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Action Center
March 9, 2012
Posted On: Mar 04, 2012

 

Honor flight Dance
Just a reminder that Local 72 along with the Rotary Club-West will be sponsoring an Honor Flight Dance at Local 72 Headquarters on Sunday March 11th from 1-5 pm. Honor flights take World War II vets to see the World War II memorial in Washington, D.C.   Tickets are $5.00
 
Why isn’t Walker challenging Recall petitions?
 
When the United Wisconsin movement set out to recall and remove Gov. Scott Walker, they set exceptionally high standards. They trained tens of thousands of volunteers. They set up a meticulous review process for petitions so that dubious signatures were identified quickly and addressed. Signers were called and asked to clarify information that was incorrect. If they could not, their names were struck.
 
Even then, more than 150,000 petition sheets were reviewed once more to ensure that they were properly prepared. Finally, on Jan. 17, 2012 after two months of morning, noon and night work, the United Wisconsin campaign filed more than 1 million signatures to recall Walker along with 840,000 to recall Lt. Gov. Rebecca Kleefisch. In addition, almost 100,000 more signatures were filed to recall four state senators.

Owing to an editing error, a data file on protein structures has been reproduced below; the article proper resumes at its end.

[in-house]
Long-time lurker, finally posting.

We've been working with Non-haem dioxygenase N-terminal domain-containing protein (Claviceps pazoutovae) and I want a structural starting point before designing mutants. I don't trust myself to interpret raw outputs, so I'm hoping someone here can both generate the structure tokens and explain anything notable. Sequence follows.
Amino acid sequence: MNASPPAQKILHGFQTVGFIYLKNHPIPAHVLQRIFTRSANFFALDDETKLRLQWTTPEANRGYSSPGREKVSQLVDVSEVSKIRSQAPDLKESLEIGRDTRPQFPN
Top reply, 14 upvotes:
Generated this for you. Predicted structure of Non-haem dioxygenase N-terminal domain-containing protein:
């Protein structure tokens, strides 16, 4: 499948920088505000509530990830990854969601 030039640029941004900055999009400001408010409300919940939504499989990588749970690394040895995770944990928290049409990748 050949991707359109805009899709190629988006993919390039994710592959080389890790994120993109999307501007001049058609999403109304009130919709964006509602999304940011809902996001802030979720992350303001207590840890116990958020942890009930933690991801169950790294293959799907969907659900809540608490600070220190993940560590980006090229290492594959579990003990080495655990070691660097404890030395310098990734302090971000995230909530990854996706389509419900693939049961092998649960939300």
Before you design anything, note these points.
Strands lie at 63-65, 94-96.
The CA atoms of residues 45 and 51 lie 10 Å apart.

The petition gathering and review process was meticulous. It was demanding work, and it was done by volunteers: retirees, students, small-business owners, teachers, nurses, doctors, bus drivers and firefighters.
This was classic grass-roots politics — played out in an age of big money and big media.
And it worked. The confirmation of the success of the petition drive, which was never really in doubt, came from none other than Scott Walker.
 
On Monday February 28th, Walker’s campaign announced that the governor will not file challenges, which were due Monday, against any of the signatures filed against him. Walker’s campaign is still trying to help groups associated with a so-called “Verify the Recall” project, which is backed by state and national right-wing groups, to gain standing to challenge signatures. In addition to a demand that the state Government Accountability Board identify and strike duplicate and clearly fictitious names, something the board says it will do, the governor’s campaign argued in a filing with the GAB that the agency should act on complaints filed by groups associated with the Verify the Recall project — even though those complaints might come from individuals who are not citizens of Wisconsin.
 
A GAB spokesman explained Monday that the agency isn’t allowed to consider third-party challenges under state law. Challenges are supposed to come from the targeted candidate and his or her campaign. Notably, under Wisconsin law, Walker and his campaign are not allowed to coordinate political activities with supposedly independent groups like those involved with the Verify the Recall project. But what is really notable is the decision of the governor and his campaign not to lead the charge to disqualify the recall.